Breaking news: Judge rules sit-lie law unconstitutional

sit-lie2(3:00 P.M.) Multnomah County Circuit Court Judge Stephen K. Bushong has ruled that the city of Portland’s sidewalk-obstruction ordinance – commonly referred to as sit-lie, unconstitutionally exceeds the city’s authority.

The ruling was released today, and grants the motion to dismiss a sit-lie case being defended by attorney Clayton Lance.

“This ordinances has been found unconstitutional on three separate and distinct ground,” Lance told Street Roots. “That’s a heck of a lot of unconstitutionality for one little ordinance out of the city. It just is not going to work and they just keep trying to make it fit, and it will never be able to fit in my opinion.”

The sit-lie law prohibits sitting or lying on downtown sidewalks between the hours of 7 a.m. and 9 p.m. The city has maintained it is to keep the sidewalks free of obstructions. Records show that the majority of people cited under the law are homeless.

Judge Bushong ruled that the city’s law conflicts with and is preempted by state law; State v. Robison, which Lance says already allows the city to penalize people for obstructing sidewalks.

“The (sit-lie) ordinance does not at all deal with obstruction. That’s a myth,” Lance said.“It was to move the transient and the homeless because the transient and homeless were sitting on the sidewalks in downtown Portland. Nothing else.”

As Lance noted, this is the latest round in the city’s failed attempts to institute a sit-lie law. In 2004, Multnomah County Circuit Court Judge Marilyn Litzenberger ruled that the city’s 2003 version of the ordinance was unconstitutionally vague and overbroad. The current version was a response to that ruling with more specific information on what was and was not prohibited. The Court of Appeals further ruled that the 2003 version was preempted by state law, the same as Bushong’s ruling.

“In the United States, we fundamentally respect the rights of individuals to meet, to assemble, to communicate and to use public property. And (the city’s) attempts at curtailing those fundamental rights have been unconstitutional every step of the way.”

It is altogether likely the city will revise its ordinance for another round. Lance says he is ready to defend any charges under the ordinance for free.

“Because of social justice and compassion,” Lance said. “We need to have social justice and compassion. And this law lacks that completely.”

Update: City Commissioner Amanda Fritz told Street Roots she is reviewing the ruling and communicating with the City Attorney’s office before making a formal comment. She does say though, “I am currently hoping our public meetings over the summer will go ahead as planned, as now more than ever we need to talk together to figure out solutions that work for everyone.” Read more about the public meetings.

A judge is also suppose to rule this week on weather or not a lawsuit brought against the city by the Oregon Law Center on the camping ordinance should be heard.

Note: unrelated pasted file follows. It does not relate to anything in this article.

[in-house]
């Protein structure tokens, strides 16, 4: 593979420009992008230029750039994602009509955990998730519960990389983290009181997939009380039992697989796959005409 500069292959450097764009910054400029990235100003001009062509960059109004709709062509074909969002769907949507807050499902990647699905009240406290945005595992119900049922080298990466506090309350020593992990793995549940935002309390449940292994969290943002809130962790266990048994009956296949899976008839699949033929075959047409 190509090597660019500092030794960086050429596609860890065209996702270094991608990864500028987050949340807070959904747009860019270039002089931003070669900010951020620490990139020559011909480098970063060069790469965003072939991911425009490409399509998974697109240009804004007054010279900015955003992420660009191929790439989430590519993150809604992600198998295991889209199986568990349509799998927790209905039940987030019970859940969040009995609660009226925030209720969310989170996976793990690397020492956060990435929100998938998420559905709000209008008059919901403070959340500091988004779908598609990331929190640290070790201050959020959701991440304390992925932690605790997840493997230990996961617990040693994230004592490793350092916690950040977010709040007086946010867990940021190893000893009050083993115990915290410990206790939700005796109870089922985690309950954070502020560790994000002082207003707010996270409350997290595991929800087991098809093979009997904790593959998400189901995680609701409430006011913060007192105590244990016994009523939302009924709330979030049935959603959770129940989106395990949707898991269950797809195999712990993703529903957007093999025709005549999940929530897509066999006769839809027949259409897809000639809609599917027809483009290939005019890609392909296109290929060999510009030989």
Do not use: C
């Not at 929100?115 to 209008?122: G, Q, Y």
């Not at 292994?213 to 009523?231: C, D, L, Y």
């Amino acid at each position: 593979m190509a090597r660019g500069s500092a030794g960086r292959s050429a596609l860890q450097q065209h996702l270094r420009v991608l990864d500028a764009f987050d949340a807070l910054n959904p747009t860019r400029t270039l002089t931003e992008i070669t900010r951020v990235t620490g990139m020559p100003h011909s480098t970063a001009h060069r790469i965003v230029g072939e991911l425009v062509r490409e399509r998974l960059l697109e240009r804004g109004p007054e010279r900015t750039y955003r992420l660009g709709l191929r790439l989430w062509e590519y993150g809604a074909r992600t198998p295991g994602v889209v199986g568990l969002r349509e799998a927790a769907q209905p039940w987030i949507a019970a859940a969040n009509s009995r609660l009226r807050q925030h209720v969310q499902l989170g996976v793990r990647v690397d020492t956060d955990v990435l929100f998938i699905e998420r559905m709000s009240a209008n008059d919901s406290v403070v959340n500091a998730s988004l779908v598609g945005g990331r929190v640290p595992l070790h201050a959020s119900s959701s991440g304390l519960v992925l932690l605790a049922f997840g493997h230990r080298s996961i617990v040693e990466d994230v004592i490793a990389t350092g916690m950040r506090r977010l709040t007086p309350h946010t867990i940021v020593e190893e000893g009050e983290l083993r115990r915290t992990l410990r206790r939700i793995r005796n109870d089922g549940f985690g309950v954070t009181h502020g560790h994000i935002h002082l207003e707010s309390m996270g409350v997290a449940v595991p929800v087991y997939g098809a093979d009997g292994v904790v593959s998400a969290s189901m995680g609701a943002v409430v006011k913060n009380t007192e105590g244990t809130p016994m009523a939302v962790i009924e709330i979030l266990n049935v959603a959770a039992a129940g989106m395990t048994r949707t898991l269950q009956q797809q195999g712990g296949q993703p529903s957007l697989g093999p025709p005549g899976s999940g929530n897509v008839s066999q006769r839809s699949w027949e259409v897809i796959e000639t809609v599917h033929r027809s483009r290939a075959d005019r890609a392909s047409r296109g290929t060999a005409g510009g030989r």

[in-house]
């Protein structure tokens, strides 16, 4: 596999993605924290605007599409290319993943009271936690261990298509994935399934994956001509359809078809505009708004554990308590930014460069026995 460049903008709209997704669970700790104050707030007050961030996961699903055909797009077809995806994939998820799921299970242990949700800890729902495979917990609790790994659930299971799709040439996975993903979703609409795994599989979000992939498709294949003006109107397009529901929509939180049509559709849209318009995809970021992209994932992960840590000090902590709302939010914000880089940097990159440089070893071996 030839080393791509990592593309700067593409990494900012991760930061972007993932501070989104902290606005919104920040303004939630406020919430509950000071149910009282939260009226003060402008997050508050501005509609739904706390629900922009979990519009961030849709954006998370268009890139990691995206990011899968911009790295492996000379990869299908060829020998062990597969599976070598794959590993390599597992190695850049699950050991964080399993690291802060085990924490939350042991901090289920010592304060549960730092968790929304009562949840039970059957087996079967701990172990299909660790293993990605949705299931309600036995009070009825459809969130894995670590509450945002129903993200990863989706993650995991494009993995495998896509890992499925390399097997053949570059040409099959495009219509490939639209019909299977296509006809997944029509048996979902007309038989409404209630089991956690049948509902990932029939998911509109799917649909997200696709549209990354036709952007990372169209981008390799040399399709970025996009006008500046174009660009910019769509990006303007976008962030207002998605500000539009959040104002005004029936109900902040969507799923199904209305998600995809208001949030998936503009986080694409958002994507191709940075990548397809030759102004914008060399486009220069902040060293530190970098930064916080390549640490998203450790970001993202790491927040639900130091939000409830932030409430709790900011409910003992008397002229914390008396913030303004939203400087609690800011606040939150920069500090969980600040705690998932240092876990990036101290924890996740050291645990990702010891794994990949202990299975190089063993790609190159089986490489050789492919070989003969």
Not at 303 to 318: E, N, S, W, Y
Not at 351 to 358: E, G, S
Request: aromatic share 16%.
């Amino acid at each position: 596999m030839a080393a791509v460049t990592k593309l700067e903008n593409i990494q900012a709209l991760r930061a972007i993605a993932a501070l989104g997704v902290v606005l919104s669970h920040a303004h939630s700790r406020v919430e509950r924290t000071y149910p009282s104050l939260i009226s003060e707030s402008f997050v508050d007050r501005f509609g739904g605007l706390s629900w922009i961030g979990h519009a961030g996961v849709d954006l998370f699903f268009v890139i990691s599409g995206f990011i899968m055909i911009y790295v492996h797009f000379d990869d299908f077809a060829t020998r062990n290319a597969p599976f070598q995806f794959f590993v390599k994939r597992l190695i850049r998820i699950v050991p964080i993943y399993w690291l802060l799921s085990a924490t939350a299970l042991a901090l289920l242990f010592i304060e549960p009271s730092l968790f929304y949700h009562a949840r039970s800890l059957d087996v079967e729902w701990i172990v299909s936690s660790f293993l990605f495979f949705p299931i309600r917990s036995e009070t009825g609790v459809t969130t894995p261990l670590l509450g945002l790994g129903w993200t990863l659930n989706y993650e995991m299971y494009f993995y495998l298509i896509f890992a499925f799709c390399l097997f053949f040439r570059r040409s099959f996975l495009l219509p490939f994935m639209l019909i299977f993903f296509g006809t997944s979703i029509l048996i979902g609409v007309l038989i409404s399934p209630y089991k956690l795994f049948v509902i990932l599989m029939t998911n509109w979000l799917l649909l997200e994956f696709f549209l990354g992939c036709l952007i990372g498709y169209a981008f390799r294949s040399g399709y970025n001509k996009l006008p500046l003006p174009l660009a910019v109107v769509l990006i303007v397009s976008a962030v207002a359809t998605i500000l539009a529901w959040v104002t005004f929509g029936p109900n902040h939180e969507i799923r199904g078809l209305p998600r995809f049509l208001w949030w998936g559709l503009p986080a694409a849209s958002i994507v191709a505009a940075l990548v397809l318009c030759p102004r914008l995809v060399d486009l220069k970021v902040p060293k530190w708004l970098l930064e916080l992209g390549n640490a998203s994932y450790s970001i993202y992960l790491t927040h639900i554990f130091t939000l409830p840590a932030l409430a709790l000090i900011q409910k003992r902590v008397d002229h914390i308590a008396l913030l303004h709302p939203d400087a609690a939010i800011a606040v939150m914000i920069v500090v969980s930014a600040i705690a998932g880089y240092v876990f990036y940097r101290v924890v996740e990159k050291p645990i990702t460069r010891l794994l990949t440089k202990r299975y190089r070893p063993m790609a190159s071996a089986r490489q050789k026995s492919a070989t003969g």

Street Roots coverage from the last time sit-lie was ruled unconstitutional in 2004.

12 responses to “Breaking news: Judge rules sit-lie law unconstitutional

  1. the fact that the city ignored the determination years ago by Judge Gallagher that sit-lie was unconstitutional indicates they’ll shine on Bushong as well. Besides, the mayor and others are too busy dismissing the importance of preserving affordable housing in Lents to deal with something with as low a priority as Constitutional guarantees for the poor.

  2. this is good news. now we have to keep council honest and keep reminding them it is unconstitutional.

  3. I have a feeling PPB will try to ignore this ruling. Stand fast and let them screw up, then sue their asses.

  4. Just yesterday I sent and rather long email to CNN and Fox News investigative reporters concerning Portland Oregon’s treatment of our ever growing homeless community. I ask them to do and in depth study of the issues. Now I will be forwarding this latest update to them as well with the query of how a city can accept Federal Monies and then discriminate and criminalize the very folks the Federal Monies were intended to help.

  5. Pingback: Portland Sitting/lying on the Sidewalk Law gets Removed from my Shitlist. « The PLAZOID

  6. Peace be with you

    Can anyone get me contact information for Clayton? If so E-mail me at

    We would like to see if we can find correlating case law in California to strike down our own sit/lie laws.

    love eternal

  7. Peasant Dreams

    Isn’t there a ruling that a legislative body that continues to pass similiar unconstitutional statues repeatedly is liable to under declarative relief? Next time Portland passes a law like this, not only get the law struck down hit those creeps with a massive civil suit. Make the bastards pay!

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  12. Do you have access to this decision?

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